These pies just say Christmas! Big enough to be generous, but small enough for a party snack, if I saw a plate of these beauties any time over the festive period, I would instantly know I was welcome.
If homemade shortcrust pastry isn’t your thing, you can buy pre-made shortcrust pastry in most grocery stores. However, don’t be afraid – it’s actually incredibly easy. Get yourself a pastry cutter, available cheaply online. Turn on some festive music, relax, and give it a go!
Makes about 20 pies
You will need: a pastry cutter, 1 – 2 standard muffin tins and a pastry brush
For the filling:
4 slices smoked streaky bacon, sliced
1 tsp olive oil
3 boneless, skinless chicken thighs, cut into small pieces
2 leeks, washed and thinly sliced
1 tbsp fresh thyme leaves, stripped from the stem
1 heaped dessert spoon of flour
¼ cup dry white wine
250ml low sodium chicken stock
180g cooked and peeled chestnuts (I buy packets of cooked peeled chestnuts), roughly chopped
¼ cup chopped fresh parsley, minced
Salt and pepper
For the pastry:
3 cups plain flour
1 tsp salt
1 cup vegetable shortening, chilled
To make the filling, heat a large skillet or frying pan over medium heat. Add the bacon and olive oil and fry the bacon until crisp. Remove. Add the chicken pieces to the pan with a little salt and pepper and cook until brown. Remove. Add the leeks and a pinch of salt, then cook down for about 20 minutes, until soft and golden. Add the thyme and cook for a minute or two, then add the flour, stirring to combine. Cook the flour out for a minute, then add the wine and let it reduce. Add the chicken stock and stir everything together, scraping up any brown bits from the bottom. Add the chicken and bacon back to the pan and cook the filling until it looks thick and rich. The filling will be drier than your usual pie filling, but this is what you want. Turn off the heat and let cool. Stir in the chestnuts and parsley. Refrigerate until cold.
Tip: Chilling the pie filling will prevent melting your pastry during the assembly stage.
Make Ahead: Pie filling can be prepared in advance and refrigerated for up to 2 days, or frozen for 3 months.
To make the pastry, ¾ fill a mug with water and ice. Set aside.
In a large bowl, add the flour and salt and stir to combine. Cut the cold shortening into little pieces and add to the flour. Use a pastry cutter to mix the flour and shortening together so it resembles coarse breadcrumbs.
Remove the ice from the water and beat one egg into the cold water. Add about half the egg and water mixture to the flour bowl and use a fork to stir. Keep adding water – a little at a time – until the pastry just starts to come together. You may not need all the water and egg.
Split the dough in half and wrap each half in plastic wrap. Press gently to form discs, then refrigerate the discs for 20 minutes, or longer.
To assemble the pies, start by rolling out your pastry on a floured surface. You want it rather thin – not see-through, but about as thin as you can get it. (This helps with the ratio of pastry to filling later on.) Cut out circles for your pie bases and lids. For a standard muffin tin, I use a 3 inch / 7.5cm diameter circles for the bases – cut out, then rolled again just slightly to get a thin enough pastry, and a 2.5 inch / 6cm circle for the lids, no need to roll these again.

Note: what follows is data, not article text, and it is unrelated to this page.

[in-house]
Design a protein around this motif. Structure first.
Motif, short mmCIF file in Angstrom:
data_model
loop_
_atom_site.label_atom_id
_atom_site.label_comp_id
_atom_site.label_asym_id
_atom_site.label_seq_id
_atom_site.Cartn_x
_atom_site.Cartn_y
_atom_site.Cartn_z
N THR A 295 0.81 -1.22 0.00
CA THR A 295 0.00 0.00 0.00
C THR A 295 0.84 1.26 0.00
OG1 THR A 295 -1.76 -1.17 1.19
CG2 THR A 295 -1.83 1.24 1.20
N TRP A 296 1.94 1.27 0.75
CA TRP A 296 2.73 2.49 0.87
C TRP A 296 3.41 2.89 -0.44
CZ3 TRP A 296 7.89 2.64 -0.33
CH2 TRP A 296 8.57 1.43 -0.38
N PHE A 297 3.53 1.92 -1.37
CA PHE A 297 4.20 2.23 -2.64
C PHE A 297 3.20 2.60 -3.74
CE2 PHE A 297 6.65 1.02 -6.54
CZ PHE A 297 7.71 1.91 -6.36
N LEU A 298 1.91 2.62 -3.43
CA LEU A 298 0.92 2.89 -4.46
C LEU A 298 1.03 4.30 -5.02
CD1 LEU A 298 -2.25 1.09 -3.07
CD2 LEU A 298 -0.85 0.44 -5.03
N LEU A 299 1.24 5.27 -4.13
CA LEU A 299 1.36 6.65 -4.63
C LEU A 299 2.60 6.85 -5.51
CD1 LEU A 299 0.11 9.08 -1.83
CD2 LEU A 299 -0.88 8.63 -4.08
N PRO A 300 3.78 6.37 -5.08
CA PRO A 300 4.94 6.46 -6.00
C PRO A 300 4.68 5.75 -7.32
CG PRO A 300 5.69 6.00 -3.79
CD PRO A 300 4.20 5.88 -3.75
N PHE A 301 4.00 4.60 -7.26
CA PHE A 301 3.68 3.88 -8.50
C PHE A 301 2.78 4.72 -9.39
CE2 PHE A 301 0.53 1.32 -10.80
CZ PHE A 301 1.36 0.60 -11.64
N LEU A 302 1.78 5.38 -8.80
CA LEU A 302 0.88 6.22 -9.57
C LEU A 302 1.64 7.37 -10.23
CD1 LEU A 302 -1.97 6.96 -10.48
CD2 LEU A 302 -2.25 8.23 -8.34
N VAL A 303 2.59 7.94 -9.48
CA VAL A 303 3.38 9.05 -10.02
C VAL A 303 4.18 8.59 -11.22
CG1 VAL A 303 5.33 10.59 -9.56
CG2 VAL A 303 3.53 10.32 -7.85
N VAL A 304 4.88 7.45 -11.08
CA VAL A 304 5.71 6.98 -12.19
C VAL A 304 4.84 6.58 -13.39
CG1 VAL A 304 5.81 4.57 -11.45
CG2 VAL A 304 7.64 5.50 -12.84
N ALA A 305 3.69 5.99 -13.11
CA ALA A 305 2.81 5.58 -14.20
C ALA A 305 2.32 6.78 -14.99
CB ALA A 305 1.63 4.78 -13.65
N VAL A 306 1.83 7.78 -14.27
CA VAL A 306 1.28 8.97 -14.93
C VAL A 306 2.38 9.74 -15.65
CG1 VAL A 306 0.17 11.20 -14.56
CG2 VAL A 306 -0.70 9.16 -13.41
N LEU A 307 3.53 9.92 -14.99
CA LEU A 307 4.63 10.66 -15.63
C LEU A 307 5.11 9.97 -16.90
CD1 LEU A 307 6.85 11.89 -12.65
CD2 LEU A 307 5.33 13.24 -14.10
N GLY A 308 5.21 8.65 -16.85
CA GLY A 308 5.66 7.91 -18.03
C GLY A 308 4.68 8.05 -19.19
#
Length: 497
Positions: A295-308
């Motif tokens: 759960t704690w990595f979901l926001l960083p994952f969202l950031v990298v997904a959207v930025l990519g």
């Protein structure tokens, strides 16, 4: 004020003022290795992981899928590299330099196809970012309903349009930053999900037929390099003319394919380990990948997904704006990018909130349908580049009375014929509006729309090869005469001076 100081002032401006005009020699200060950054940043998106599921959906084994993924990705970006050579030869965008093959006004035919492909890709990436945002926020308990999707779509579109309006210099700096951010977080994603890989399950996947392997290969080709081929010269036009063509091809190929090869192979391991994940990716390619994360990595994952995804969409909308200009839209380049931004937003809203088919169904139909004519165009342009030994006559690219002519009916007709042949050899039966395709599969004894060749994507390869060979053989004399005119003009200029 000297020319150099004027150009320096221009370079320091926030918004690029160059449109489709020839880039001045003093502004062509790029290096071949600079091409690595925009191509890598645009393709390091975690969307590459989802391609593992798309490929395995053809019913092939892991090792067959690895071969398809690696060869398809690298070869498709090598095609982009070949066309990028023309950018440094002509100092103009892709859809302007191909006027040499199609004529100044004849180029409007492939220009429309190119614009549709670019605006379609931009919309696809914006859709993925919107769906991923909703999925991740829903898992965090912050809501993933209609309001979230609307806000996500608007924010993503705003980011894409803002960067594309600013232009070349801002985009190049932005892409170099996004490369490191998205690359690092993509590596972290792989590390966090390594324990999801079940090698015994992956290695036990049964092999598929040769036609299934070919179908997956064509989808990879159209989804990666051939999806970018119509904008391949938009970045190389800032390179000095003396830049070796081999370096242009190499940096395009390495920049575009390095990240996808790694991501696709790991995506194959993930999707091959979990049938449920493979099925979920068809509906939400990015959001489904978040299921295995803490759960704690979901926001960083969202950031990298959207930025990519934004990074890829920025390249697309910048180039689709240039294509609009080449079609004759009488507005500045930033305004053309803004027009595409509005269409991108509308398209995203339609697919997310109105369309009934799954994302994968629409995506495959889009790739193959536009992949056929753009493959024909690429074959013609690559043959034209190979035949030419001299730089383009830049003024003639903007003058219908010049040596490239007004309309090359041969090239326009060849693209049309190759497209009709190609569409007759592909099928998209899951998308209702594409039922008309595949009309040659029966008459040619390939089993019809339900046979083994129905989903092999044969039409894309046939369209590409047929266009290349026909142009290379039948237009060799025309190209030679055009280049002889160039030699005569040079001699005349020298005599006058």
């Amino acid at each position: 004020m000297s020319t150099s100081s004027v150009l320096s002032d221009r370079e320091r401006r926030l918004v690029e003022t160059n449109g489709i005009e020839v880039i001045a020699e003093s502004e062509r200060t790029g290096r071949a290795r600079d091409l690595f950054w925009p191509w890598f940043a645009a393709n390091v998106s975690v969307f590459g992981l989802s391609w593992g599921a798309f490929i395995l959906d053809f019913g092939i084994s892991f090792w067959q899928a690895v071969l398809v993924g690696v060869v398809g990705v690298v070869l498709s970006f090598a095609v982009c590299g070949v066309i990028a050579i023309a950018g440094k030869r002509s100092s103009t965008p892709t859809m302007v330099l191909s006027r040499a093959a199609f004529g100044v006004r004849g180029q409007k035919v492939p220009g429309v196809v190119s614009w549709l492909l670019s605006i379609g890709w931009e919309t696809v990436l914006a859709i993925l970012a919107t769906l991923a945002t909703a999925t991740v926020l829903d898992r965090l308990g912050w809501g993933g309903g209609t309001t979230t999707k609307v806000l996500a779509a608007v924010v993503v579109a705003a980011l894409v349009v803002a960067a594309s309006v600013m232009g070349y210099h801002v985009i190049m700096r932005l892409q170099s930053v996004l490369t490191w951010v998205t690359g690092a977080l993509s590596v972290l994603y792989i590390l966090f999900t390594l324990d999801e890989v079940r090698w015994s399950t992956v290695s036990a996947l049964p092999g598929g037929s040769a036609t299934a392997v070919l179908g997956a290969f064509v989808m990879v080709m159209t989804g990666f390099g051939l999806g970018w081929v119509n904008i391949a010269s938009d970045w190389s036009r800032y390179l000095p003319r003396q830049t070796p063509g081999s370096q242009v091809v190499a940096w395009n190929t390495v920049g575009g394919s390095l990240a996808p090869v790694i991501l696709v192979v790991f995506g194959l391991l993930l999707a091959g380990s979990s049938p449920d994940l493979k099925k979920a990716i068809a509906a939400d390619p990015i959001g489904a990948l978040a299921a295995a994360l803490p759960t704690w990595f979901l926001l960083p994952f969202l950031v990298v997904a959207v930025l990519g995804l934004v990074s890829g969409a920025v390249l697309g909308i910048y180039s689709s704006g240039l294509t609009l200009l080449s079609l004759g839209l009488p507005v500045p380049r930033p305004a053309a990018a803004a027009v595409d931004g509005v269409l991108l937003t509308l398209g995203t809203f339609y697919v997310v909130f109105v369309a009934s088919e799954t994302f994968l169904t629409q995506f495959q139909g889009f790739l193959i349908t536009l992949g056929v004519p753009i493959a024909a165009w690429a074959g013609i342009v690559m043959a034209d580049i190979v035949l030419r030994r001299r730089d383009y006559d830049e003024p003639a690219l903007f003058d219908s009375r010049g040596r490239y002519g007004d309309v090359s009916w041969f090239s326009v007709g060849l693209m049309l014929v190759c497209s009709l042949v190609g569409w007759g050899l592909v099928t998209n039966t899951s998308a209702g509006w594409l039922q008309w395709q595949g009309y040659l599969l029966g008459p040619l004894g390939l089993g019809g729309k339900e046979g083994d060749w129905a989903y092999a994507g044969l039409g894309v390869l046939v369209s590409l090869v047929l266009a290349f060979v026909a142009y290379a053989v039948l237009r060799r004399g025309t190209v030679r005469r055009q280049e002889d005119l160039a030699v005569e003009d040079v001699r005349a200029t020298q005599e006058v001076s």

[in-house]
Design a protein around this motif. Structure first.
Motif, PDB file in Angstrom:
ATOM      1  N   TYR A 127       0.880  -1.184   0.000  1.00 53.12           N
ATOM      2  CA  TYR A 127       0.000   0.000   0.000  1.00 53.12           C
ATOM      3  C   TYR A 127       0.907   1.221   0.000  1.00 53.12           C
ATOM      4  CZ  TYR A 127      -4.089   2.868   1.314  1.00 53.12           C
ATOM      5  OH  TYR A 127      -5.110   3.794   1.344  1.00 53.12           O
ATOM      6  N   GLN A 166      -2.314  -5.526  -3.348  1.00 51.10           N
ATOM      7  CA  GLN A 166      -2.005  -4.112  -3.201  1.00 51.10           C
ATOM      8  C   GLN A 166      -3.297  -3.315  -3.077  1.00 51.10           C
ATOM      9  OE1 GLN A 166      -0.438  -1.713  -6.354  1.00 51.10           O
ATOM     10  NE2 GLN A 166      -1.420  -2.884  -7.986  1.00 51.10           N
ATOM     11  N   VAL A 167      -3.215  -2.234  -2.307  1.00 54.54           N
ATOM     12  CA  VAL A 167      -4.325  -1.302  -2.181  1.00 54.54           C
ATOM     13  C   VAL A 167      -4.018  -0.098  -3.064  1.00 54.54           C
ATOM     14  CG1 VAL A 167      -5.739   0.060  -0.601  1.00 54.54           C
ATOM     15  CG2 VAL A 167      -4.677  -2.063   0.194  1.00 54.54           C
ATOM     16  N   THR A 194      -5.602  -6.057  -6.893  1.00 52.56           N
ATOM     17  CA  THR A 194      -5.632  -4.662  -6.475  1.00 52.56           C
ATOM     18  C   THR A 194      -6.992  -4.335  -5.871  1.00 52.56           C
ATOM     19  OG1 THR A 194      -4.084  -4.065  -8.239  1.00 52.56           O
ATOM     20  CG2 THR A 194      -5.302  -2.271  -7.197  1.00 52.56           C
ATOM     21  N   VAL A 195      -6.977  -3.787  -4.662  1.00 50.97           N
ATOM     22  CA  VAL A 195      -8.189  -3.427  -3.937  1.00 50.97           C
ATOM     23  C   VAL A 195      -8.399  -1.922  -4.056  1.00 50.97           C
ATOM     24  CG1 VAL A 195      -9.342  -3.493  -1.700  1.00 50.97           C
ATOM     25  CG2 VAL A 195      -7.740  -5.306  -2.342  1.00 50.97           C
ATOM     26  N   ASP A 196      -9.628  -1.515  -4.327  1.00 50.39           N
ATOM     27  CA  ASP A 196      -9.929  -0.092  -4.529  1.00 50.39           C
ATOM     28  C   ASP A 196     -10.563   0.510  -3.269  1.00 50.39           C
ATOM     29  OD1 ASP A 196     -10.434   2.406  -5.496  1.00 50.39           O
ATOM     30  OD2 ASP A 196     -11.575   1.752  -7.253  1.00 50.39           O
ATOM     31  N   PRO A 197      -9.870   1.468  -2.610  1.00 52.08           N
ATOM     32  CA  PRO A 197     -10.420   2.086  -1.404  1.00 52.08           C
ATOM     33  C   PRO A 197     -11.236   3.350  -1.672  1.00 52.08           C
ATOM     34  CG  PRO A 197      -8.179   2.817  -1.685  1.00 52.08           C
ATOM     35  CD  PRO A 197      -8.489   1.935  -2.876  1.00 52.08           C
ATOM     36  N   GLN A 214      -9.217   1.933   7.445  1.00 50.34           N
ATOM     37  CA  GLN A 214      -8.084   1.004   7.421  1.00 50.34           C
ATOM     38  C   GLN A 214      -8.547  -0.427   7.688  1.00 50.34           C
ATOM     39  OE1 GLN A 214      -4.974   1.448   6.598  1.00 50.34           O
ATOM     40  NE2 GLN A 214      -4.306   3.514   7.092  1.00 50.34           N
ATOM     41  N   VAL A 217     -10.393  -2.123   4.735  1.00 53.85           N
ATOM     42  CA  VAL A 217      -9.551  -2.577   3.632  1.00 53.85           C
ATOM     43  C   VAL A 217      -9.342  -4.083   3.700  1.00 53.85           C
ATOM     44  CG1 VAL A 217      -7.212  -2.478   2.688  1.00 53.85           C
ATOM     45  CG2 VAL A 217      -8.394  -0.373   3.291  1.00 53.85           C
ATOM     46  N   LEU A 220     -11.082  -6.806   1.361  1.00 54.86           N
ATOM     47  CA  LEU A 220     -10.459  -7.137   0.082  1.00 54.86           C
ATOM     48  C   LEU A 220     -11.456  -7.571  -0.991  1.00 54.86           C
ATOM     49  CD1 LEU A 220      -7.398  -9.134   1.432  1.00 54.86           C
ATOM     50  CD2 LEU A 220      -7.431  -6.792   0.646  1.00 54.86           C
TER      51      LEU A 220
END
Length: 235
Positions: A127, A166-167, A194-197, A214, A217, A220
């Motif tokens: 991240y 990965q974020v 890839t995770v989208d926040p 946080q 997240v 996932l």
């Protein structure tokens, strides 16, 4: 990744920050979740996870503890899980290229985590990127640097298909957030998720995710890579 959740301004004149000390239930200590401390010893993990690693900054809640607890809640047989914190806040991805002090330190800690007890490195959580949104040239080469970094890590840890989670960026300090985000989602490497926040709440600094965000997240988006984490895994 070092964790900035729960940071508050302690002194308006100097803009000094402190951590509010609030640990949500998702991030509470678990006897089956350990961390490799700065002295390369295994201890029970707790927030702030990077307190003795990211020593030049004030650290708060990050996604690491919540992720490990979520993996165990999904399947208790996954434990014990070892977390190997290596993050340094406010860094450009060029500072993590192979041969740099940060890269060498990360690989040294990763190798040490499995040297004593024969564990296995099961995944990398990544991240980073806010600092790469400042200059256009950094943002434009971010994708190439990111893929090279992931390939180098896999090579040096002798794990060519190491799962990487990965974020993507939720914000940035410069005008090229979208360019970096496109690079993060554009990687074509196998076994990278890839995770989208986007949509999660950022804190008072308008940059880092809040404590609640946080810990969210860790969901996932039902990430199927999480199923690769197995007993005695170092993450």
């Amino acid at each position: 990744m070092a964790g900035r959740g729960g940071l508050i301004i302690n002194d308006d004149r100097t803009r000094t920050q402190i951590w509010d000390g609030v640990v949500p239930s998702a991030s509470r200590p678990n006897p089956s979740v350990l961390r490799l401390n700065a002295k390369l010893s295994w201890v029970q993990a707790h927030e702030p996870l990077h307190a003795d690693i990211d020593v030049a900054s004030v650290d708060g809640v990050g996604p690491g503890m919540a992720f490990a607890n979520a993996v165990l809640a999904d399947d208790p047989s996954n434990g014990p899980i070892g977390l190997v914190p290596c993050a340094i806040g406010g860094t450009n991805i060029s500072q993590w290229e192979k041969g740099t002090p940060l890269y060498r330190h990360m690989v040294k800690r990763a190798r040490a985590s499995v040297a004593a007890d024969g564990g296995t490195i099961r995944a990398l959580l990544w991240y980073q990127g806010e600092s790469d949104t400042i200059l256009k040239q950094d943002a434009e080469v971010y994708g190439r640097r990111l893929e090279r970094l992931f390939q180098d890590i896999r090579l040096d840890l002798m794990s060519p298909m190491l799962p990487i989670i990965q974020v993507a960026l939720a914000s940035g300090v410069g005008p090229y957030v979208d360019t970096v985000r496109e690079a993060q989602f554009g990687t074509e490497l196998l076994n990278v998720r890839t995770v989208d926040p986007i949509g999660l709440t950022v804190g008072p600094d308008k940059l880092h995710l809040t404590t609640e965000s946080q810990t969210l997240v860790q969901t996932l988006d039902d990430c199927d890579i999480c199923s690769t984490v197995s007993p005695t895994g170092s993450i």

Tip: Drinking glasses make great cutters if you haven’t got circle cookie cutters.
Tip: This isn’t the kind of pastry you can re-roll and cut out again, so try to get as many circles as you can from a single roll-out.
Place the bottoms in the muffin tin, pressing gently to get the pastry about ¾ up the sides. Then fill generously, so the filling comes to the top of the pastry.
Beat an egg into a small bowl for your egg wash.
Use your finger to paint a little egg wash around the edge of the pies, then pop the lids on top. Use a fork to press around the edges to seal. (Dust the fork in a little flour if it’s sticking.) Paint the tops all over with egg wash, then use a knife to poke a hole in the centre.
Bake the pies in a preheated oven at 375F / 190C / 175C Fan for 25 minutes, after which time the tops will be golden all over, and the edges will be a dark golden brown. When the pies come out, use a knife to loosen the pies in their tins to make sure they don’t stick. Leave to cool for two minutes in their tins, then transfer to racks. Serve warm or let cool completely.
Make Ahead: Let cool completely, then return the pies to their muffin tins and freeze until solid. Transfer to an airtight container. Cooked pies can be frozen for up to 1 month. Reheat from frozen by baking in the muffin tin at 300F / 150C / 140C Fan for 20 minutes.
Ideas to serve…
Pack up the pies in foil while they’re still slightly warm and enjoy a festive picnic outdoors. Lovely with some clementines and a thermos of mulled wine.
These little pies make a fantastic centrepiece for a grazing table as part of a selection of party food. Line them up closely together on a wooden board next to a big bunch of salad leaves (or holly, if you can get some). Serve with small plates and forks.
For a sit-down affair, serve one pie per person as a first course with a small green salad on the side. As a main, serve two pies per person with a salad.